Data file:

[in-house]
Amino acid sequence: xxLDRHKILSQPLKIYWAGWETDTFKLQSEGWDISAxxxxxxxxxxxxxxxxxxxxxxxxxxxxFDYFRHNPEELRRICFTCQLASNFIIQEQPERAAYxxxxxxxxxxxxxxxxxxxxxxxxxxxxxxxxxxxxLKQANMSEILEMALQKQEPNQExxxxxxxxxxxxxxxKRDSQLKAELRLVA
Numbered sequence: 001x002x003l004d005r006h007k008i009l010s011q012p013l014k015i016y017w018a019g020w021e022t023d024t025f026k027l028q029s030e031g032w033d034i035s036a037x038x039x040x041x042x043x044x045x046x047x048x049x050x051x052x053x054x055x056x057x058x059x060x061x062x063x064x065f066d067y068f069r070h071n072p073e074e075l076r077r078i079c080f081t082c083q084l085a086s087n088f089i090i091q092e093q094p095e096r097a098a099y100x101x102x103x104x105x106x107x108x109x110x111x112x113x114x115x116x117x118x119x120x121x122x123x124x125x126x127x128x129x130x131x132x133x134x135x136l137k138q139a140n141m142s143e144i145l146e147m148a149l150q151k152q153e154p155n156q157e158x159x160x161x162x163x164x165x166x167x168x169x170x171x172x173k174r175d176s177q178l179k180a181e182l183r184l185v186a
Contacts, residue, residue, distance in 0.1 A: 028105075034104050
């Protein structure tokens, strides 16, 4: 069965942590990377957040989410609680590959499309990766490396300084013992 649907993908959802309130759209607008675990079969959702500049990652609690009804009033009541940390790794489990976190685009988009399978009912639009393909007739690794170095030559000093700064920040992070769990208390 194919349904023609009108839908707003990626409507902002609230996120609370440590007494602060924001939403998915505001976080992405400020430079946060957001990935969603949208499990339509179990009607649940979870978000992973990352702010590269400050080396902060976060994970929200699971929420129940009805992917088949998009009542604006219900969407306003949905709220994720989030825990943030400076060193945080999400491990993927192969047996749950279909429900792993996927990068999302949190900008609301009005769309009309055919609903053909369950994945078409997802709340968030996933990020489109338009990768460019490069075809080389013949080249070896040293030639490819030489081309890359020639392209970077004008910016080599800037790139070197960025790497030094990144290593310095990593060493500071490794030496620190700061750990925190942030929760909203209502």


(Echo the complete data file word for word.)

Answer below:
[in-house]
Amino acid sequence: xxLDRHKILSQPLKIYWAGWETDTFKLQSEGWDISAxxxxxxxxxxxxxxxxxxxxxxxxxxxxFDYFRHNPEELRRICFTCQLASNFIIQEQPERAAYxxxxxxxxxxxxxxxxxxxxxxxxxxxxxxxxxxxxLKQANMSEILEMALQKQEPNQExxxxxxxxxxxxxxxKRDSQLKAELRLVA
Numbered sequence: 001x002x003l004d005r006h007k008i009l010s011q012p013l014k015i016y017w018a019g020w021e022t023d024t025f026k027l028q029s030e031g032w033d034i035s036a037x038x039x040x041x042x043x044x045x046x047x048x049x050x051x052x053x054x055x056x057x058x059x060x061x062x063x064x065f066d067y068f069r070h071n072p073e074e075l076r077r078i079c080f081t082c083q084l085a086s087n088f089i090i091q092e093q094p095e096r097a098a099y100x101x102x103x104x105x106x107x108x109x110x111x112x113x114x115x116x117x118x119x120x121x122x123x124x125x126x127x128x129x130x131x132x133x134x135x136l137k138q139a140n141m142s143e144i145l146e147m148a149l150q151k152q153e154p155n156q157e158x159x160x161x162x163x164x165x166x167x168x169x170x171x172x173k174r175d176s177q178l179k180a181e182l183r184l185v186a
Contacts, residue, residue, distance in 0.1 A: 028105075034104050
């Protein structure tokens, strides 16, 4: 069965942590990377957040989410609680590959499309990766490396300084013992 649907993908959802309130759209607008675990079969959702500049990652609690009804009033009541940390790794489990976190685009988009399978009912639009393909007739690794170095030559000093700064920040992070769990208390 194919349904023609009108839908707003990626409507902002609230996120609370440590007494602060924001939403998915505001976080992405400020430079946060957001990935969603949208499990339509179990009607649940979870978000992973990352702010590269400050080396902060976060994970929200699971929420129940009805992917088949998009009542604006219900969407306003949905709220994720989030825990943030400076060193945080999400491990993927192969047996749950279909429900792993996927990068999302949190900008609301009005769309009309055919609903053909369950994945078409997802709340968030996933990020489109338009990768460019490069075809080389013949080249070896040293030639490819030489081309890359020639392209970077004008910016080599800037790139070197960025790497030094990144290593310095990593060493500071490794030496620190700061750990925190942030929760909203209502």